When their case came before the U.S. District Court in May 2021, the judge did not hold a trial and issued a decision to uphold the law just one day after the oral argument. The District Court judge’s ruling had numerous factual errors and omissions, which Richard Winger, publisher of Ballot Access News, enumerates in the November 2022 issue of that publication. The lawyer for the Greens and Libertarians tried to point these out in the September 6 hearing before a three-judge panel of the Second Circuit. That seems to have had no effect on the judges. The October 19 ruling by the Second Circuit was an unusual and insulting two sentences affirming the factually flawed District Court decision. The Greens and Libertarians now plan to appeal for an en banc hearing before all the judges of the Second Circuit. Meanwhile, the Green gubernatorial ticket of Howie Hawkins and Gloria Mattera and the Libertarian gubernatorial ticket of Larry Sharpe and Andrew Hollister are running write-in campaigns.
The Republican role in precipitating our crisis of democracy is easy for progressives to see. But it also easy for progressives to miss the Democrats’ complicity, from their fecklessness on voting rights and election protection bills in Congress to their active suppression of independent progressive parties. Even without the current crisis, the American system of single-member-district, winner-take-all elections is fundamentally anti-democratic because it systematically excludes most people from being able to vote for and elect candidates to represent their political views in government. Single-seat, winner-take-all elections do that exclusion by creating the spoiler effect and, more fundamentally, by enabling the gerrymandering of non-competitive one-party districts.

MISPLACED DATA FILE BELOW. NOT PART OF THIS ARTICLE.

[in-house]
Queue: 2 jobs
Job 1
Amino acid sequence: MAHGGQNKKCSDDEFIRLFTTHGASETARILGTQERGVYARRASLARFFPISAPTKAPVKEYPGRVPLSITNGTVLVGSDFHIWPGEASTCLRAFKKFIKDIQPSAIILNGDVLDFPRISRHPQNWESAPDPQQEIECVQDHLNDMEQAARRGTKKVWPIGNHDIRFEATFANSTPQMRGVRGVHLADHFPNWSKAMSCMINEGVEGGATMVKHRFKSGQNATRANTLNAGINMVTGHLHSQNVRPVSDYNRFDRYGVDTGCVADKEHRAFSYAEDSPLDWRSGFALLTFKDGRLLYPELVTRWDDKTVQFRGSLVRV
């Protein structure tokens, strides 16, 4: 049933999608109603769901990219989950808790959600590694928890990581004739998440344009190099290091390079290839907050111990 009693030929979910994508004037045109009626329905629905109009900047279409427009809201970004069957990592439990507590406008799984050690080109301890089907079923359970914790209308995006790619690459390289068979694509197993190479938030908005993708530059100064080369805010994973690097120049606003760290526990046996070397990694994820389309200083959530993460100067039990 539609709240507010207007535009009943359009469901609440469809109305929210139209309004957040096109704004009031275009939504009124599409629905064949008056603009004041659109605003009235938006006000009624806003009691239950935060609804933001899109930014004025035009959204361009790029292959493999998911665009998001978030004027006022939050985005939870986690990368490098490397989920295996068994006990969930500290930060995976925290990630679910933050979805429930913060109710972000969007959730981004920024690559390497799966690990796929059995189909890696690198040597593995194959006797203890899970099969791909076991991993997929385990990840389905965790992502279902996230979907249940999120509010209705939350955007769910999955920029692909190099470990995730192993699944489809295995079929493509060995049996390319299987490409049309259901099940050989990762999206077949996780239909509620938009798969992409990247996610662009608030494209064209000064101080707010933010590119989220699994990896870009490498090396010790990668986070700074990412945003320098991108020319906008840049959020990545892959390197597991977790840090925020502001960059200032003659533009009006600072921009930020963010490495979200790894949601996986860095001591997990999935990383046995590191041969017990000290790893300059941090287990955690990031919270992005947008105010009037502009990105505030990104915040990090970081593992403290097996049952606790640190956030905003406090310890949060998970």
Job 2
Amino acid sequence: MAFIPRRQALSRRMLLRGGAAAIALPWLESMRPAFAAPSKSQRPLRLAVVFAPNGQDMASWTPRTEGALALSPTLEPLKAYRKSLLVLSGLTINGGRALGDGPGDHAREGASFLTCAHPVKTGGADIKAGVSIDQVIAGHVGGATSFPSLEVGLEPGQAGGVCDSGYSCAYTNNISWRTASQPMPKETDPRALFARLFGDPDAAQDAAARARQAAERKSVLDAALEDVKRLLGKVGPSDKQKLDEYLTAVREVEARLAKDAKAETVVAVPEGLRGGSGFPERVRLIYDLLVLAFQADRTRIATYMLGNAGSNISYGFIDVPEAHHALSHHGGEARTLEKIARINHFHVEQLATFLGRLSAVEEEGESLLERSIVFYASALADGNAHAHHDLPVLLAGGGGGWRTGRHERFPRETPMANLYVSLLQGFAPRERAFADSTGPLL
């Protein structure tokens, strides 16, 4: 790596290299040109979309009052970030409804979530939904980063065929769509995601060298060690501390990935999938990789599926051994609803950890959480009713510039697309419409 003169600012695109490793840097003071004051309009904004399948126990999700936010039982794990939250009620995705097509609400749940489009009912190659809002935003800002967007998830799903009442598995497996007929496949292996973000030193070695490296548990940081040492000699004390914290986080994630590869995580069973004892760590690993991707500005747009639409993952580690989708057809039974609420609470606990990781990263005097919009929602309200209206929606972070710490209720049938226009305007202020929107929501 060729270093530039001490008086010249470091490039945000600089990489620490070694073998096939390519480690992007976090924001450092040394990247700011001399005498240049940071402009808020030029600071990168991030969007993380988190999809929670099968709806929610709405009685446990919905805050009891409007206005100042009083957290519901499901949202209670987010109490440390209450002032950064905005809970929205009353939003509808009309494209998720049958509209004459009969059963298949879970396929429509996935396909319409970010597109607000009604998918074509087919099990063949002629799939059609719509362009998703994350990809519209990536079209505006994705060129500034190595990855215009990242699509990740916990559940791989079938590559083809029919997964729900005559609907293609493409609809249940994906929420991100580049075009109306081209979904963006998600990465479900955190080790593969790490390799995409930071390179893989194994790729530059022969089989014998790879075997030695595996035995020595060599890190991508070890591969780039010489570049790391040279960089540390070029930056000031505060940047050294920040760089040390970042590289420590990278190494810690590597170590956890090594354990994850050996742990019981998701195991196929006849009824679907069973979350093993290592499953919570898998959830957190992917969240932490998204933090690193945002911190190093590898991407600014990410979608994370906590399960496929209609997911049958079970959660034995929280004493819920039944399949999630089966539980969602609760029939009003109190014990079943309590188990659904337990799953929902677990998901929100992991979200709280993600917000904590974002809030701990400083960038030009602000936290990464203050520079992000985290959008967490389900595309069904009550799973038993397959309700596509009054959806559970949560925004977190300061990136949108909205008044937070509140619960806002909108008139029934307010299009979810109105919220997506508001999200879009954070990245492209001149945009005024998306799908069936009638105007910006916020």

It is time for progressives to expand the pro-democracy agenda. Voting rights and election protection laws are certainly part of that agenda so that everybody can vote and elections are fair and honest. But to create an inclusive multi-party democracy, we also need to make fair ballot access, ranked choice voting for executive offices, and proportional ranked choice voting for legislative bodies central to our pro-democracy platform. Ranked choice voting for executive offices eliminates the spoiler problem so voters can vote for who they really want without worrying it might help the candidates they most oppose. Proportional ranked choice voting for legislative bodies eliminates the gerrymandering problem that has rendered over 90% of districts for state legislatures and the House non-competitive one-party districts. Elections in gerrymandered one-party “safe” districts are, like elections in one-party states, farcical rituals because the result is known before the vote is taken. On the other hand, where district lines are drawn is irrelevant for multi-member districts with proportional ranked choice voting because the election yields proportional representation of all political viewpoints.
While the Democrats have been floundering in Congress at trying to protect voting rights and honest elections from Republican frontal assaults, grassroots activists have been making progress in advancing ranked choice voting in the cities and states. Ranked choice voting is now used in two states and 54 local jurisdictions, more than doubling the number of jurisdictions in the last two years. Ten more jurisdictions have ballot measures to implement ranked choice voting on the ballot for the mid-term elections. Ranked choice voting and proportional representation are causes we are winning in our cities, towns, and states. We can advance them at the local and state level no matter who holds the reigns of power in Congress after the mid-terms. It is a cause we can build from below until it becomes an issue Congress cannot avoid.